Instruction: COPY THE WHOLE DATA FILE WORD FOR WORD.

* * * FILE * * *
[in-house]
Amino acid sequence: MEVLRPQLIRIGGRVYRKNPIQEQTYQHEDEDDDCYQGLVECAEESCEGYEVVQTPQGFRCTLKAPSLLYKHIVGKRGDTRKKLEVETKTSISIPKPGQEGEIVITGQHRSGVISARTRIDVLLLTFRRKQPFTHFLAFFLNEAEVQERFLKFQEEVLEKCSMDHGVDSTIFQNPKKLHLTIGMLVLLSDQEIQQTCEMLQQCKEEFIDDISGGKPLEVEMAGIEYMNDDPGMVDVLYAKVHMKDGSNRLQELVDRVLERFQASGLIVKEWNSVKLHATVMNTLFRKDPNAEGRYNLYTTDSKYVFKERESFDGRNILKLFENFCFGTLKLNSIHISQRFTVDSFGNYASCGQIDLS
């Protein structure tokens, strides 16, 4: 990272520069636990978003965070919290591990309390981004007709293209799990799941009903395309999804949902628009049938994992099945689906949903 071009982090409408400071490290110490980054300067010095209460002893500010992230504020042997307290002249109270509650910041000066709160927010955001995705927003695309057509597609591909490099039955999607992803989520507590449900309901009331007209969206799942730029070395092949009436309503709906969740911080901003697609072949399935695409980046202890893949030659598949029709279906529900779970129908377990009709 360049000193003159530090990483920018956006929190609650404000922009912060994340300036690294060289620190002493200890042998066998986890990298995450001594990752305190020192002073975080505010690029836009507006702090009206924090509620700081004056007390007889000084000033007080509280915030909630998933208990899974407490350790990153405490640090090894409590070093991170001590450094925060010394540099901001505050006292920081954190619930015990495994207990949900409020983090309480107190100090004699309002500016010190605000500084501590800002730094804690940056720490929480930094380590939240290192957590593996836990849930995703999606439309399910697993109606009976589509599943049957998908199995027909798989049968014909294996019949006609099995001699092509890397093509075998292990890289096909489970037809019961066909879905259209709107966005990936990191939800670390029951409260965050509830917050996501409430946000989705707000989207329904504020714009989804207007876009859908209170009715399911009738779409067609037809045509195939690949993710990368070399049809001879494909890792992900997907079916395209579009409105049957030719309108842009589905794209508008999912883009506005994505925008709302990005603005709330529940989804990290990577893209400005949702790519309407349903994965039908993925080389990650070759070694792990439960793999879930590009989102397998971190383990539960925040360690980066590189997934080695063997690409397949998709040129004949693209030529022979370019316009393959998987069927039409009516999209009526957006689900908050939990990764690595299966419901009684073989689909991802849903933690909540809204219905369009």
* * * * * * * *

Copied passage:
[in-house]
Amino acid sequence: MEVLRPQLIRIGGRVYRKNPIQEQTYQHEDEDDDCYQGLVECAEESCEGYEVVQTPQGFRCTLKAPSLLYKHIVGKRGDTRKKLEVETKTSISIPKPGQEGEIVITGQHRSGVISARTRIDVLLLTFRRKQPFTHFLAFFLNEAEVQERFLKFQEEVLEKCSMDHGVDSTIFQNPKKLHLTIGMLVLLSDQEIQQTCEMLQQCKEEFIDDISGGKPLEVEMAGIEYMNDDPGMVDVLYAKVHMKDGSNRLQELVDRVLERFQASGLIVKEWNSVKLHATVMNTLFRKDPNAEGRYNLYTTDSKYVFKERESFDGRNILKLFENFCFGTLKLNSIHISQRFTVDSFGNYASCGQIDLS
């Protein structure tokens, strides 16, 4: 990272520069636990978003965070919290591990309390981004007709293209799990799941009903395309999804949902628009049938994992099945689906949903 071009982090409408400071490290110490980054300067010095209460002893500010992230504020042997307290002249109270509650910041000066709160927010955001995705927003695309057509597609591909490099039955999607992803989520507590449900309901009331007209969206799942730029070395092949009436309503709906969740911080901003697609072949399935695409980046202890893949030659598949029709279906529900779970129908377990009709 360049000193003159530090990483920018956006929190609650404000922009912060994340300036690294060289620190002493200890042998066998986890990298995450001594990752305190020192002073975080505010690029836009507006702090009206924090509620700081004056007390007889000084000033007080509280915030909630998933208990899974407490350790990153405490640090090894409590070093991170001590450094925060010394540099901001505050006292920081954190619930015990495994207990949900409020983090309480107190100090004699309002500016010190605000500084501590800002730094804690940056720490929480930094380590939240290192957590593996836990849930995703999606439309399910697993109606009976589509599943049957998908199995027909798989049968014909294996019949006609099995001699092509890397093509075998292990890289096909489970037809019961066909879905259209709107966005990936990191939800670390029951409260965050509830917050996501409430946000989705707000989207329904504020714009989804207007876009859908209170009715399911009738779409067609037809045509195939690949993710990368070399049809001879494909890792992900997907079916395209579009409105049957030719309108842009589905794209508008999912883009506005994505925008709302990005603005709330529940989804990290990577893209400005949702790519309407349903994965039908993925080389990650070759070694792990439960793999879930590009989102397998971190383990539960925040360690980066590189997934080695063997690409397949998709040129004949693209030529022979370019316009393959998987069927039409009516999209009526957006689900908050939990990764690595299966419901009684073989689909991802849903933690909540809204219905369009």